New material could reduce air conditioning load
USA: Engineers at Stanford University, California, claim to have invented a new mirror-like material which could reduce the air conditioning load of buildings.
The inventors say the new ultrathin multilayered material can cool buildings by radiating warmth from inside the buildings into space while also reflecting sunlight to reduce incoming heat. The result is cooler buildings that require less air conditioning.
A team led by electrical engineering professor Shanhui Fan and research associate Aaswath Raman reported this energy-saving breakthrough in the journal Nature.
“This is very novel and an extraordinarily simple idea,” said Eli Yablonovitch, a professor of engineering at the University of California, Berkeley, and a pioneer of photonics who directs the Center for Energy Efficient Electronics Science. “As a result of professor Fan’s work, we can now use radiative cooling, not only at night but counter-intuitively in the daytime as well.”
The researchers say they designed the material to be cost-effective for large-scale deployment on building rooftops. Though still a young technology, they believe it could one day reduce demand for electricity.
In practice the researchers think the coating might be sprayed on a more solid material to make it suitable for withstanding the elements.
“This team has shown how to passively cool structures by simply radiating heat into the cold darkness of space,” said Nobel Prize-winning physicist Burton Richter, professor emeritus at Stanford and former director of the research facility now called the SLAC National Accelerator Laboratory.
A warming world needs cooling technologies that don’t require power, according to Raman, lead author of the Nature paper. “Across the developing world, photonic radiative cooling makes off-grid cooling a possibility in rural regions, in addition to meeting skyrocketing demand for air conditioning in urban areas,” he said.
The first part of the coating’s one-two punch radiates heat-bearing infrared light directly into space. The ultrathin coating was carefully constructed to send this infrared light away from buildings at the precise frequency that allows it to pass through the atmosphere without warming the air. This is a key feature, say the inventors, given the dangers of global warming.
In addition, the multilayered coating also acts as a highly efficient mirror, preventing 97% of sunlight from striking the building and heating it up.
“We’ve created something that’s a radiator that also happens to be an excellent mirror,” said Raman.
Together, the radiation and reflection are said to make the photonic radiative cooler nearly 9ºF cooler than the surrounding air during the day.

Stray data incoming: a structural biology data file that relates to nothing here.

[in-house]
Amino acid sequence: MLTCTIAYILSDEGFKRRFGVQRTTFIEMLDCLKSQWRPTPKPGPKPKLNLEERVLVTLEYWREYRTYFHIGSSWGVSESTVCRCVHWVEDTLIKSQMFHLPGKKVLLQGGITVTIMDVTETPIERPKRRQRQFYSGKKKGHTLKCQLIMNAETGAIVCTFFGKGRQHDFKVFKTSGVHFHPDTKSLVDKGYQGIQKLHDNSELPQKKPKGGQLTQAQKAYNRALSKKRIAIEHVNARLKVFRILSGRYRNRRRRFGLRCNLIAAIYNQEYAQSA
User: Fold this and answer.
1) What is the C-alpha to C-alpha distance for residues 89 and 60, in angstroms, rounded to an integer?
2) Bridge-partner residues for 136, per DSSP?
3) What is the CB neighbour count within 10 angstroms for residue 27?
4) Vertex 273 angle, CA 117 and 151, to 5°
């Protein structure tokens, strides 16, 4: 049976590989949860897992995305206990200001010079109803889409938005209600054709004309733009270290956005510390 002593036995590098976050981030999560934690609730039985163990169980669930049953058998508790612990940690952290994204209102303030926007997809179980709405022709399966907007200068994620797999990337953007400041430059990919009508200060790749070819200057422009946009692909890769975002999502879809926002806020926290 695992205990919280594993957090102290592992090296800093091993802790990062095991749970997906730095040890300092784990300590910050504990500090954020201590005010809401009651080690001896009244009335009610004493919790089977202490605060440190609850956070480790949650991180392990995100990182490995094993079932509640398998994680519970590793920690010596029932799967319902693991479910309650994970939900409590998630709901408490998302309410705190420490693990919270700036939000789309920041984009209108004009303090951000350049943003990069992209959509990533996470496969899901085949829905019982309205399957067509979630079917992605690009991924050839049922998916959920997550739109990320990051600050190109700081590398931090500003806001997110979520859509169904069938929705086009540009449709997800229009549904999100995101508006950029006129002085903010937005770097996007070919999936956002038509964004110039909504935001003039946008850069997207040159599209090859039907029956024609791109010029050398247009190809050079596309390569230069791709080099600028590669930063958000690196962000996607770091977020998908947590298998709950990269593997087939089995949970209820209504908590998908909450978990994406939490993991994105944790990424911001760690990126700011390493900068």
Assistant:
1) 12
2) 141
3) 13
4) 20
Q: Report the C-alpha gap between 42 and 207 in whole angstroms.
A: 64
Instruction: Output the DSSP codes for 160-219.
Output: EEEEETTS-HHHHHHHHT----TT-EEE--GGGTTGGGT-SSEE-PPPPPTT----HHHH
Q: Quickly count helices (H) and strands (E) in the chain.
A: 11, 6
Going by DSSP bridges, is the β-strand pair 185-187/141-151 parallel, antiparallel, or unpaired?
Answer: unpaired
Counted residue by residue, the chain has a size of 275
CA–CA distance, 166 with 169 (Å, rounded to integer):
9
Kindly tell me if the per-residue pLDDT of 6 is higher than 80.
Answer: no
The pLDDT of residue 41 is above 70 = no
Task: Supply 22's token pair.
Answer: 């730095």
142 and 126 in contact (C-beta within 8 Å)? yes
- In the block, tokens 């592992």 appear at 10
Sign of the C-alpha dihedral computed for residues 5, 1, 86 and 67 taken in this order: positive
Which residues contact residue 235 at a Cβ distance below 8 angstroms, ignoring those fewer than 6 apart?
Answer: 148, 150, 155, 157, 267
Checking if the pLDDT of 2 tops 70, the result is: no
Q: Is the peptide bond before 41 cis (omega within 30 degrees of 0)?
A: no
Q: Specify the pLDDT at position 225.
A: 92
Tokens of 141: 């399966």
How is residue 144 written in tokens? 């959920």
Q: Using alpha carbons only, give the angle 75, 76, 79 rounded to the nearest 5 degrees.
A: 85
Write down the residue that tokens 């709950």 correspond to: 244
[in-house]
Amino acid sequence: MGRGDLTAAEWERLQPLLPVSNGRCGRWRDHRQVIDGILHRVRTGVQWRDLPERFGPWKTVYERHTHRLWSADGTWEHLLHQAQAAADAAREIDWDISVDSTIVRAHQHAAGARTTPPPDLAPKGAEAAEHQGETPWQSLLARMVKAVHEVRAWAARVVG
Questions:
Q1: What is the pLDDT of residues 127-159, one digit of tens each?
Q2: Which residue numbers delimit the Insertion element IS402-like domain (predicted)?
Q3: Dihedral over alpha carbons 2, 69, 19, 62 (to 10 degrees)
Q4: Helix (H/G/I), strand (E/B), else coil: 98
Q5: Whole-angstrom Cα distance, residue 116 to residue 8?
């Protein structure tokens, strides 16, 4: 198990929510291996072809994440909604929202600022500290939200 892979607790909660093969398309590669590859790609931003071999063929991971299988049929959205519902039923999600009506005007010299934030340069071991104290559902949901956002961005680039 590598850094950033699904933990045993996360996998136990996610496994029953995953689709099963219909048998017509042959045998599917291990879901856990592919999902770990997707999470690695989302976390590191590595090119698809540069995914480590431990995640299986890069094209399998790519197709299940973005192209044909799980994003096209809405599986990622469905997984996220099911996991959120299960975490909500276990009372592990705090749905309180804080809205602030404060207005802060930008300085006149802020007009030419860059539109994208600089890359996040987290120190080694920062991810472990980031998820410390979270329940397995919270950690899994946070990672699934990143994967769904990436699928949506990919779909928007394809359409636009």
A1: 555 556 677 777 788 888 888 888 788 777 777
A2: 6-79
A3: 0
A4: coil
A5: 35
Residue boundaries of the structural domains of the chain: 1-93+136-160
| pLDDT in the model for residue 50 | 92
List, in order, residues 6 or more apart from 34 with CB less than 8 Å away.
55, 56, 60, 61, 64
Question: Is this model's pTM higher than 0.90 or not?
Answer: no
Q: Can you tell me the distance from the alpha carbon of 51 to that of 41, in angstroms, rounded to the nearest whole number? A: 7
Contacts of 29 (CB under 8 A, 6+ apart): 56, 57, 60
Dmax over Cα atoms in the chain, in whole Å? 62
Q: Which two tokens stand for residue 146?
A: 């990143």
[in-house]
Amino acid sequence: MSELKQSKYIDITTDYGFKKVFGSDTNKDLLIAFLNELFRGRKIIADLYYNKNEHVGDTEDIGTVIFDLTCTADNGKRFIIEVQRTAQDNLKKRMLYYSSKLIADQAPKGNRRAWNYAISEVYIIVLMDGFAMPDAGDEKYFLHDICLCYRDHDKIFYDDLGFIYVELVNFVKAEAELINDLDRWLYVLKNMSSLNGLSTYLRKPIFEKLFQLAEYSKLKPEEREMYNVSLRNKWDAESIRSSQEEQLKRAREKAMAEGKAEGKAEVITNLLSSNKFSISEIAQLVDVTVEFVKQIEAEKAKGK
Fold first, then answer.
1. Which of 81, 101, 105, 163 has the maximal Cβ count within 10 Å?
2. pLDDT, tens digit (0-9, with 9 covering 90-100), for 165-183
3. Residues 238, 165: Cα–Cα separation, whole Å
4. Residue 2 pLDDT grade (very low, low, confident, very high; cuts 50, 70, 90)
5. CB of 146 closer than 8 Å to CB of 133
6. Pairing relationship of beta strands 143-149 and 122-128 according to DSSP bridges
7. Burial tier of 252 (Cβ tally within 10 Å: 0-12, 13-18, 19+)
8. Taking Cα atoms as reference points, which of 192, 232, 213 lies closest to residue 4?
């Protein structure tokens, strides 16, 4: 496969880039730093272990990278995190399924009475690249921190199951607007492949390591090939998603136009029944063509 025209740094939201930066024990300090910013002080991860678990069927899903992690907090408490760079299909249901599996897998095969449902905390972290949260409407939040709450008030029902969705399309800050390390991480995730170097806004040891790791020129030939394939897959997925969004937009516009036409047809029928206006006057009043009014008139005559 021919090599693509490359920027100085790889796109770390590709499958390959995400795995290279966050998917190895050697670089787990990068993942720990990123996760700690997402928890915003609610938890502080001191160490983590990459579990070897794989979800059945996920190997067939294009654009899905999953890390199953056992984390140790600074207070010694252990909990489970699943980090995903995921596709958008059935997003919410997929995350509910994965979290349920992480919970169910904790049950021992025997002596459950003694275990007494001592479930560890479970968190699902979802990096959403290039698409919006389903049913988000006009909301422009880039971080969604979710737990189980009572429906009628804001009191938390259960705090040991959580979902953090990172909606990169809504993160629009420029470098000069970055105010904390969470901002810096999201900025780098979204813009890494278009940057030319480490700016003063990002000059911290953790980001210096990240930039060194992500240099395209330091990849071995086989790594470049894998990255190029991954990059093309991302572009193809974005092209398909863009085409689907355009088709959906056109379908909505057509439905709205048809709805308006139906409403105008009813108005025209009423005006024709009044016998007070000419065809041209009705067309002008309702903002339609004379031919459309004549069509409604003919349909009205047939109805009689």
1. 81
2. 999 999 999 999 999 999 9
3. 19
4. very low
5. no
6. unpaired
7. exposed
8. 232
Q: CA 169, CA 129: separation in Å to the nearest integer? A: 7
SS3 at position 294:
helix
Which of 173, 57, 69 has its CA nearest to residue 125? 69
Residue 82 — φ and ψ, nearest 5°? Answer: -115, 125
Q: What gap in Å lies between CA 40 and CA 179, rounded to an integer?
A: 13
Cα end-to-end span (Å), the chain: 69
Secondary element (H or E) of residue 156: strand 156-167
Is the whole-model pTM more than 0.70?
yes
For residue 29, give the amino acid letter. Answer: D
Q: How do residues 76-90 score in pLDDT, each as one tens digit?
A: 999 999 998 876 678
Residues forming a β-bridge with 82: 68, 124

The multilayered material is just 1.8 microns thick, thinner than the thinnest aluminum foil. It is made of seven layers of silicon dioxide and hafnium oxide on top of a thin layer of silver. These layers are not a uniform thickness, but are instead engineered to create a new material. Its internal structure is tuned to radiate infrared rays at a frequency that lets them pass into space without warming the air near the building.
“This photonic approach gives us the ability to finely tune both solar reflection and infrared thermal radiation,” said Linxiao Zhu, doctoral candidate in applied physics and a co-author of the paper.
“I am personally very excited about their results,” said Marin Soljacic, a physics professor at the Massachusetts Institute of Technology. “This is a great example of the power of nanophotonics.”
But it’s not all plain sailing; making photonic radiative cooling practical requires solving at least two technical problems.
The first is how to conduct the heat inside the building to this exterior coating. Once it gets there, the coating can direct the heat into space, but engineers must first figure out how to efficiently deliver the building heat to the coating.
The second problem is production. The prototype is the size of a small pizza. Cooling buildings will require large panels. The researchers say there exist large-area fabrication facilities that can make their panels at the scales needed.
More broadly, the team sees this project as a first step toward using the cold of space as a resource. In the same way that sunlight provides a renewable source of solar energy, the cold universe supplies a nearly unlimited expanse to dump heat.
“Every object that produces heat has to dump that heat into a heat sink,” Fan said. “What we’ve done is to create a way that should allow us to use the coldness of the universe as a heat sink during the day.”